By Published On: 2 April 2014304 words1.6 min read

EasterBunny

In most cases, using live rabbits or chicks in photo ops around Easter is speciesist. That’s a condensed way of saying that using animals whimsically for even minor and fleeting enjoyment, with no consideration of the needs and desires of the animal, is wrong.

If you take a rabbit home as a cute Easter toy, you’re speciesist AND recklessly irresponsible…and perhaps proud of remaining ignorant when a quick web search would tell you the following:

  • Rabbits require work, much like having a dog. There is litter box training and bunny-proofing so that they don’t chew cords and such to think about.
  • Some rabbits are cuddly. Many aren’t.
  • Rabbits feel secure on the ground and don’t really like to be held or restrained.
  • They need to be spayed or neutered to be healthy.
  • They require specific healthy diets to be happy rabbits.

I have raised four rescue rabbits into old age (10+ years) and they all have had different personalities, likes/dislikes, and abilities to manage kids. We have limited photos of them because their inherent curiosity keeps them hopping about, and their natural desire for personal space keeps us at a distance when they prefer it.

Rabbits are excellent companions when people consider the fit for the household. Like a dog or cat, they can roam a safe space and delight you with their individuality and quirks, but they can’t do it while stuffed in a cage or hutch after the Easter novelty wears off.

Do rabbits a favor this Easter and encourage friends and family to fill their baskets with (vegan) chocolate bunnies and to leave rabbit rescuing to those ready to give them a 10+ year commitment.

For more, check out What You Should Know Before Bringing Home an Easter Bunny.

Help us spread awareness, share our infographics!

By Published On: 2 April 2014304 words1.6 min read

EasterBunny

In most cases, using live rabbits or chicks in photo ops around Easter is speciesist. That’s a condensed way of saying that using animals whimsically for even minor and fleeting enjoyment, with no consideration of the needs and desires of the animal, is wrong.

If you take a rabbit home as a cute Easter toy, you’re speciesist AND recklessly irresponsible…and perhaps proud of remaining ignorant when a quick web search would tell you the following:

  • Rabbits require work, much like having a dog. There is litter box training and bunny-proofing so that they don’t chew cords and such to think about.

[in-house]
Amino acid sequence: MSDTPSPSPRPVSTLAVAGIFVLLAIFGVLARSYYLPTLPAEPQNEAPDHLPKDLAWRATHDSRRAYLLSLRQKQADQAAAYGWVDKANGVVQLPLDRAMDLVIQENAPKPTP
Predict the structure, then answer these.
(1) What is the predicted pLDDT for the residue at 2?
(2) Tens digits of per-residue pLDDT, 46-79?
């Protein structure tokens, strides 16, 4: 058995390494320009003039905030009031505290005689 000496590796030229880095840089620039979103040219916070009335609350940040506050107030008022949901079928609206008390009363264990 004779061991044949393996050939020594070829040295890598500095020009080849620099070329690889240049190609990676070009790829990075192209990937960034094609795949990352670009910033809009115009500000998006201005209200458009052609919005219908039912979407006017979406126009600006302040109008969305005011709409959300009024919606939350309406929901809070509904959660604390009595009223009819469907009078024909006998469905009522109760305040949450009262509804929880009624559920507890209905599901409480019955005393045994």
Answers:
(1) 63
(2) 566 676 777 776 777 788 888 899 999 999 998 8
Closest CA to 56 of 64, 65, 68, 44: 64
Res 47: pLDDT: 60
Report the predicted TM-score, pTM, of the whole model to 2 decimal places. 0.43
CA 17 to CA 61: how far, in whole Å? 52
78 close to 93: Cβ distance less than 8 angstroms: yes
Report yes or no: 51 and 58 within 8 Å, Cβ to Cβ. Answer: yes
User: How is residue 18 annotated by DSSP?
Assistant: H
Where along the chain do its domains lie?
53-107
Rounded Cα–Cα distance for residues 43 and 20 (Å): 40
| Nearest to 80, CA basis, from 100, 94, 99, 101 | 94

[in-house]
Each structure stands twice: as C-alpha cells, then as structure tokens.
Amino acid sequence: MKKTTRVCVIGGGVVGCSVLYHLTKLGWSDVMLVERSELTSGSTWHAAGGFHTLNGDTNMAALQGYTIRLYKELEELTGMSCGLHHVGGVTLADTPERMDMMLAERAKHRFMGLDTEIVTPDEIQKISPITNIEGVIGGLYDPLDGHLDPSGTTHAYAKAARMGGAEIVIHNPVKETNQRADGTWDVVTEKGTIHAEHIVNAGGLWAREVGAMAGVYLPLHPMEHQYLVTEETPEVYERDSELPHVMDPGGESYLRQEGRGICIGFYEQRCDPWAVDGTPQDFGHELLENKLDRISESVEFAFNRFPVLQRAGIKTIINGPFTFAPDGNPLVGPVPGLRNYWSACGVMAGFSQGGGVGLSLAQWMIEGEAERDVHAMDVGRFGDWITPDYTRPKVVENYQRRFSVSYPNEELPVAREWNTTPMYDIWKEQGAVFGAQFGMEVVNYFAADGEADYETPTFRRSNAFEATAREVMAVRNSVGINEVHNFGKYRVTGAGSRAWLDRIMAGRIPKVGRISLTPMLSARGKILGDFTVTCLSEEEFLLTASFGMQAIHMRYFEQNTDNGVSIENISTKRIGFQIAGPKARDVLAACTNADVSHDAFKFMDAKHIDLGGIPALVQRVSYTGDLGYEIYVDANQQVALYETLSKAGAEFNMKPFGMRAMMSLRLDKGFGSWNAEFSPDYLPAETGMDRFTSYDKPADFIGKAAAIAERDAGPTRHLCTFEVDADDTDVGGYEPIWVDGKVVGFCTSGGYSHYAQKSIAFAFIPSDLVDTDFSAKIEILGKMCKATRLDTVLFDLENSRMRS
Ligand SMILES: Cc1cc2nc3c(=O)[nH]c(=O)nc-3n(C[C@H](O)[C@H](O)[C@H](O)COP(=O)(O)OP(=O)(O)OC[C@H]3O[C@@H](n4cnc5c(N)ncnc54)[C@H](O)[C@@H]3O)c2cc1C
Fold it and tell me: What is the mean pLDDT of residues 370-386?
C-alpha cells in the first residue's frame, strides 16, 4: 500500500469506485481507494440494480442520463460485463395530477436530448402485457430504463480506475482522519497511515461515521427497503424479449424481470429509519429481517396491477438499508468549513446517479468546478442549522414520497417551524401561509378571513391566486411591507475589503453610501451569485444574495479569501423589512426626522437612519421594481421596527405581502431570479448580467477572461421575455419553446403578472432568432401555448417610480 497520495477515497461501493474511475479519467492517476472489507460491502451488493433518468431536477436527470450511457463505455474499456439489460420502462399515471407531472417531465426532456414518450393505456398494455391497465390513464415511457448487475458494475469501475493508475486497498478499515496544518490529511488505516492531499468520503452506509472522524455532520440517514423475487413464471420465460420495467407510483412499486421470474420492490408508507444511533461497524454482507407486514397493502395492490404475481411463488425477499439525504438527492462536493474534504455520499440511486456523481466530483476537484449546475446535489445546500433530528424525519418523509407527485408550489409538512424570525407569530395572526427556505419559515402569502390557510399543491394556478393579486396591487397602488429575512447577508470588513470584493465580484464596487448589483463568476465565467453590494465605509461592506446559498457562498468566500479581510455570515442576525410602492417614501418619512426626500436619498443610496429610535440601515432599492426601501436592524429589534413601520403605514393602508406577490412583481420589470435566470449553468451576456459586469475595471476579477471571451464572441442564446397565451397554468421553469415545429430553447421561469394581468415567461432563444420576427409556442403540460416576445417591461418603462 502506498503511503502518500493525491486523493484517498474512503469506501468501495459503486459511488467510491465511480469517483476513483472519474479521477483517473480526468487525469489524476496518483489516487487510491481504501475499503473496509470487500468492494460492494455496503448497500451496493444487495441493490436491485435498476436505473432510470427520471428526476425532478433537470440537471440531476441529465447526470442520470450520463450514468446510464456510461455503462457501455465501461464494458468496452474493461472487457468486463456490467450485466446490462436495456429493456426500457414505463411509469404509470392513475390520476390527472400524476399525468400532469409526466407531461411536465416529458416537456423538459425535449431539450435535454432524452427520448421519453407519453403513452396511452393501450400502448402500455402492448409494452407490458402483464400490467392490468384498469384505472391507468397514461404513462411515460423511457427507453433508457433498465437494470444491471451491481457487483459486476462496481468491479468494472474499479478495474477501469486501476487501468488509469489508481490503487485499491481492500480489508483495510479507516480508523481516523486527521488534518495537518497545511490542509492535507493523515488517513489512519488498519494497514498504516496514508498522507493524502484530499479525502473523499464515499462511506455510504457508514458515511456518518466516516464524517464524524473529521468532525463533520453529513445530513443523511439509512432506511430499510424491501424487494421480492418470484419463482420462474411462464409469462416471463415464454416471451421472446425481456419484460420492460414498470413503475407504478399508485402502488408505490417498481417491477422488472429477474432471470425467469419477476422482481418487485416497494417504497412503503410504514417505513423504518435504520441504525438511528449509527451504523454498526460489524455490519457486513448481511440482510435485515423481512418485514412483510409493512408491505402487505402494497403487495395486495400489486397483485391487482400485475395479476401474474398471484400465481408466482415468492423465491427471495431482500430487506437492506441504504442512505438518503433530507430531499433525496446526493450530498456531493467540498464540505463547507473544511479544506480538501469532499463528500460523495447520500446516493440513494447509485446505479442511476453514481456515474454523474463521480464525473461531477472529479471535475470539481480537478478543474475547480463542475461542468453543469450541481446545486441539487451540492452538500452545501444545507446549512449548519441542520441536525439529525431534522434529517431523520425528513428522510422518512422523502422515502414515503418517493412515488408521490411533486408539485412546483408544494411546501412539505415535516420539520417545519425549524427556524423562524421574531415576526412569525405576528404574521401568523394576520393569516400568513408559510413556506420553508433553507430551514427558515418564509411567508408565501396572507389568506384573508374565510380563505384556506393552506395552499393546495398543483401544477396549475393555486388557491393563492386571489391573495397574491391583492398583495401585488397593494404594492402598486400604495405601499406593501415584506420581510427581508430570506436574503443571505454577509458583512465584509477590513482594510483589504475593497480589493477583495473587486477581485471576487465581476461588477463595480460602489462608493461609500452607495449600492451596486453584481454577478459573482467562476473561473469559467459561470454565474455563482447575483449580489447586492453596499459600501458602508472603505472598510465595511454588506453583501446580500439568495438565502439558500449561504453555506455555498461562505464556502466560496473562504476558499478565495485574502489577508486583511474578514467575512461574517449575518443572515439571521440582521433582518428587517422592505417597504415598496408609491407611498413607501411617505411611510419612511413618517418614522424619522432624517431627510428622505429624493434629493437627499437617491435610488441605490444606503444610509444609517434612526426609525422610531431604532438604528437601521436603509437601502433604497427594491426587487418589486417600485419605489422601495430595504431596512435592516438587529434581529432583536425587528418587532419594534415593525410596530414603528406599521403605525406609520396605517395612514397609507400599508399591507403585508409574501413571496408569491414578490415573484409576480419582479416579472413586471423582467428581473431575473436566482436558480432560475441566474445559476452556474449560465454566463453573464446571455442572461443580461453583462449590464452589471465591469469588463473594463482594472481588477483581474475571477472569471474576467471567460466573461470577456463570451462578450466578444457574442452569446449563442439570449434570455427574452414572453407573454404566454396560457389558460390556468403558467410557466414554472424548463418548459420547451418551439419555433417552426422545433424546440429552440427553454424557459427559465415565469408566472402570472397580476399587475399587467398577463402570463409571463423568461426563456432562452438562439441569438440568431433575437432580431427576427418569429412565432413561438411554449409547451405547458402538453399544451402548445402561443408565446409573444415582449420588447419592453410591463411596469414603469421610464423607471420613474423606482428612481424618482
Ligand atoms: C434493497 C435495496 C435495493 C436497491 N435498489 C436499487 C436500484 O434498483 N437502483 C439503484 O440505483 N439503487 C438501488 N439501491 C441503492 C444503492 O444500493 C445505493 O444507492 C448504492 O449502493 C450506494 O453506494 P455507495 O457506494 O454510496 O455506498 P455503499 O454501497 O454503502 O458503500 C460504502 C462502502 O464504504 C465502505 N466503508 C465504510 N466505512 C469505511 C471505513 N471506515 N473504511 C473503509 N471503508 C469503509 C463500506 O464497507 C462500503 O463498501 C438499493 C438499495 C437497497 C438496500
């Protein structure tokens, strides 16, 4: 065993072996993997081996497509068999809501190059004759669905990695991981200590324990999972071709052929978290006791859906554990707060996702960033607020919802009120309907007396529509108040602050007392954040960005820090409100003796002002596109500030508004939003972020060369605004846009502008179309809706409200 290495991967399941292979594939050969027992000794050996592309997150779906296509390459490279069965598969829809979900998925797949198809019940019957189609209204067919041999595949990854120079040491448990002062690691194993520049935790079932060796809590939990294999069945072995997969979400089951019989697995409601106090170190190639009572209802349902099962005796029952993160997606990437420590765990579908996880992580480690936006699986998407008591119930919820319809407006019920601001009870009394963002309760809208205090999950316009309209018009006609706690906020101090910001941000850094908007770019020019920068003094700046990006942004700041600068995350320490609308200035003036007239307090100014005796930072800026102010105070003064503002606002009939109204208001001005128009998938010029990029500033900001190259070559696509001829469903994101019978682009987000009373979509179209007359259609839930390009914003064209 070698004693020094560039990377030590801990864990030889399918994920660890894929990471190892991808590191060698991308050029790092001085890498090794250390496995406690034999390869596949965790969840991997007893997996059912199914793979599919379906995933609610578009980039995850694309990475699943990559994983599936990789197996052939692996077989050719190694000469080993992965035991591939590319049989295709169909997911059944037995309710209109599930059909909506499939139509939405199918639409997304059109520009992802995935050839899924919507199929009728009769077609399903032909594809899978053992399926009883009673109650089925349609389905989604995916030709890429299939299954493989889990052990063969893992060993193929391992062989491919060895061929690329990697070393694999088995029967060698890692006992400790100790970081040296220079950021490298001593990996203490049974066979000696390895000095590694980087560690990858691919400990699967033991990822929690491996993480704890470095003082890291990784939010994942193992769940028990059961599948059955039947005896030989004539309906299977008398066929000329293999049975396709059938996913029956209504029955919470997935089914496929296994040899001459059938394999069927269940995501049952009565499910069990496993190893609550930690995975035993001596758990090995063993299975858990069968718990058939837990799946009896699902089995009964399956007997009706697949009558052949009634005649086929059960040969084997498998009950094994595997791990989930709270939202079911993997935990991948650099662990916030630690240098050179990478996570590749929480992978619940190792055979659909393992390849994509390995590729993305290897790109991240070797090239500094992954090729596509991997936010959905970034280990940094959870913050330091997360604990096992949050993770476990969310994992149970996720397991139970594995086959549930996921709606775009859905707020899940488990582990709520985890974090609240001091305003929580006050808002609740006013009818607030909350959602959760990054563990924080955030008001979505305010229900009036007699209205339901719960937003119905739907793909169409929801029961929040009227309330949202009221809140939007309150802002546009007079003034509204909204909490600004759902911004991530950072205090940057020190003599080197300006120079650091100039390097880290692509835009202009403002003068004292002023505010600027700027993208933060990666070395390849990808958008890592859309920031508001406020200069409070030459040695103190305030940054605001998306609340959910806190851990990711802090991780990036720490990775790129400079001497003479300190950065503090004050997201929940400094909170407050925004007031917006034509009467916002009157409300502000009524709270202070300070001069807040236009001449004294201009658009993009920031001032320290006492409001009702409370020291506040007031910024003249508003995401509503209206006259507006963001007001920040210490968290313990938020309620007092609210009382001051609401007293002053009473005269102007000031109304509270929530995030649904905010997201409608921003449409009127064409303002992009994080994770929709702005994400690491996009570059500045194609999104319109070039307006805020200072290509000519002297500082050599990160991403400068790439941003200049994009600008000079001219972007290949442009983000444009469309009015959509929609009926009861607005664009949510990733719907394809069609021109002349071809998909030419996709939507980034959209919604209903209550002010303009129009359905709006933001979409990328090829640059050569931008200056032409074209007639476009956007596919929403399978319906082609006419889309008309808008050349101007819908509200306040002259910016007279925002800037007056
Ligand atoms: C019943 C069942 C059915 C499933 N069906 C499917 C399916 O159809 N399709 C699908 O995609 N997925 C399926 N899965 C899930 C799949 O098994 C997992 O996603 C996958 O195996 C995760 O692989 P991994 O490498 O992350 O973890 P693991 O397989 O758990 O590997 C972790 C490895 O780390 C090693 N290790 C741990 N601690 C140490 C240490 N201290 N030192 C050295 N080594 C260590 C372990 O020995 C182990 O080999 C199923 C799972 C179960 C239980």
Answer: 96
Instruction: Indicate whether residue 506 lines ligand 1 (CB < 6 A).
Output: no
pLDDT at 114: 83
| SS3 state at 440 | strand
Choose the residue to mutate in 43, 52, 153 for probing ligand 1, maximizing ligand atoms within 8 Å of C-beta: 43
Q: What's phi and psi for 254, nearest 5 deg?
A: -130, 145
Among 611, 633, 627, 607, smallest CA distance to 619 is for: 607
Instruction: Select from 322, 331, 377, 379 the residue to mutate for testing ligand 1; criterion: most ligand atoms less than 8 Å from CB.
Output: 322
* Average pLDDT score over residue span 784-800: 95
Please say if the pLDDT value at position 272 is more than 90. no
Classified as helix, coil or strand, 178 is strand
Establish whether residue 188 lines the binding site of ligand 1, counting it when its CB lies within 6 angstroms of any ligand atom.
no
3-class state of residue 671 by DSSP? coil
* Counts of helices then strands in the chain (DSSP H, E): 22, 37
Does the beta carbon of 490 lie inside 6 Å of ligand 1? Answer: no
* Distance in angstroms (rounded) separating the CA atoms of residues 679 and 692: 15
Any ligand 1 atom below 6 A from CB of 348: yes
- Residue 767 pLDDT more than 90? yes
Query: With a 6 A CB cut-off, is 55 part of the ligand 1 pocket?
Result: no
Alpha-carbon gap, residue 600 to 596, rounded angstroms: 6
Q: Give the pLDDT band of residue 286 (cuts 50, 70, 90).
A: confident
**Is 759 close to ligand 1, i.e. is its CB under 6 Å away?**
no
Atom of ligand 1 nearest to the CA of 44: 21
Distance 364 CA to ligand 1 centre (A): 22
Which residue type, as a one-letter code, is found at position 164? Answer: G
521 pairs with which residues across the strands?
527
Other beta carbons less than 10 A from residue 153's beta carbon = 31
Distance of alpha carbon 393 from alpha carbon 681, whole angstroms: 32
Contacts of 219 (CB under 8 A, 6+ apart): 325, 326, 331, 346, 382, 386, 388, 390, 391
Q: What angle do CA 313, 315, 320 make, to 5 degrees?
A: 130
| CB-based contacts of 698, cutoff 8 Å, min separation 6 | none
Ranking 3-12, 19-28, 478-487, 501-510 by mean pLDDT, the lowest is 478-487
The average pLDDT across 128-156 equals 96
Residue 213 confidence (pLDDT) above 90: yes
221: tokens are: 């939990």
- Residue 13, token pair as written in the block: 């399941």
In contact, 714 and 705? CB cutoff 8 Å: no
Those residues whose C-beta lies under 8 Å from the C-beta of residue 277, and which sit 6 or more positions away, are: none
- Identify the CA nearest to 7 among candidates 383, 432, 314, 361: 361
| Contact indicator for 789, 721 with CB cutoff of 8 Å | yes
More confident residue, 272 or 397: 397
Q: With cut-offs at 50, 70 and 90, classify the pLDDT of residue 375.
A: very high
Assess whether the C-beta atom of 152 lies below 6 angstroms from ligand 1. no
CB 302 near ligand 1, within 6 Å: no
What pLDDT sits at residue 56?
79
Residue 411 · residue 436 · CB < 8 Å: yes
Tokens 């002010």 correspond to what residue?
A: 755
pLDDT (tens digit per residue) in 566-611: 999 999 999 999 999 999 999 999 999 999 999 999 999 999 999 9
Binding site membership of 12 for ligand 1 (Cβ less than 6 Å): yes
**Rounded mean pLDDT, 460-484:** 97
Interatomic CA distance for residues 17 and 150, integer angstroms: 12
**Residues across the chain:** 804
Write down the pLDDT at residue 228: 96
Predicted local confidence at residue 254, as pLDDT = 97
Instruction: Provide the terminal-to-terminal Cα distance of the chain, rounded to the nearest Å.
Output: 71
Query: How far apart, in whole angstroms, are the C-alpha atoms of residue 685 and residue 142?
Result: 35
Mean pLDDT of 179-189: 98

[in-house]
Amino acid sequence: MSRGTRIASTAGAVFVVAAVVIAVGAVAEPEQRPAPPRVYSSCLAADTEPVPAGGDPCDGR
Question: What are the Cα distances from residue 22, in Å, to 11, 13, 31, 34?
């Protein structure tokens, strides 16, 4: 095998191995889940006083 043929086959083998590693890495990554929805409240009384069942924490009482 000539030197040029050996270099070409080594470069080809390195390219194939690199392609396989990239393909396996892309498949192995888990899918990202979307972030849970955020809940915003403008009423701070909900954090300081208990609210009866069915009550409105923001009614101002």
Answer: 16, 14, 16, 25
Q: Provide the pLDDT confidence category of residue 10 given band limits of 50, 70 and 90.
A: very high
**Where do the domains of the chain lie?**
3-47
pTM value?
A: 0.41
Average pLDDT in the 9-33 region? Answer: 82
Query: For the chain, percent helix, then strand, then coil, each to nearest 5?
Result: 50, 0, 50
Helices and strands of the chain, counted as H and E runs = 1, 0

• Some rabbits are cuddly. Many aren’t.
  • Rabbits feel secure on the ground and don’t really like to be held or restrained.
  • They need to be spayed or neutered to be healthy.
  • They require specific healthy diets to be happy rabbits.

I have raised four rescue rabbits into old age (10+ years) and they all have had different personalities, likes/dislikes, and abilities to manage kids. We have limited photos of them because their inherent curiosity keeps them hopping about, and their natural desire for personal space keeps us at a distance when they prefer it.

Rabbits are excellent companions when people consider the fit for the household. Like a dog or cat, they can roam a safe space and delight you with their individuality and quirks, but they can’t do it while stuffed in a cage or hutch after the Easter novelty wears off.

Do rabbits a favor this Easter and encourage friends and family to fill their baskets with (vegan) chocolate bunnies and to leave rabbit rescuing to those ready to give them a 10+ year commitment.

For more, check out What You Should Know Before Bringing Home an Easter Bunny.

Help us spread awareness, share our infographics!

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  1. Linden April 3, 2014 at 11:23 pm - Reply

    Hi — I agree completely with this post. One of my oldest friends adopted a rabbit as a pet at her daughter’s request and proceeded to create an entire landscape/garden area for this new member of their family (named “Pippin”!). When it came time to sell her home, she had much to do to “fix” her home — including cleaning up after the free-flying (and gnawing) cockatiels AND the divets, burrowings and general disorder of the garden that was allowed for Pippin … If you are going to have a rabbit for a pet, then be sure you can give him or her the life it is mostly suited for.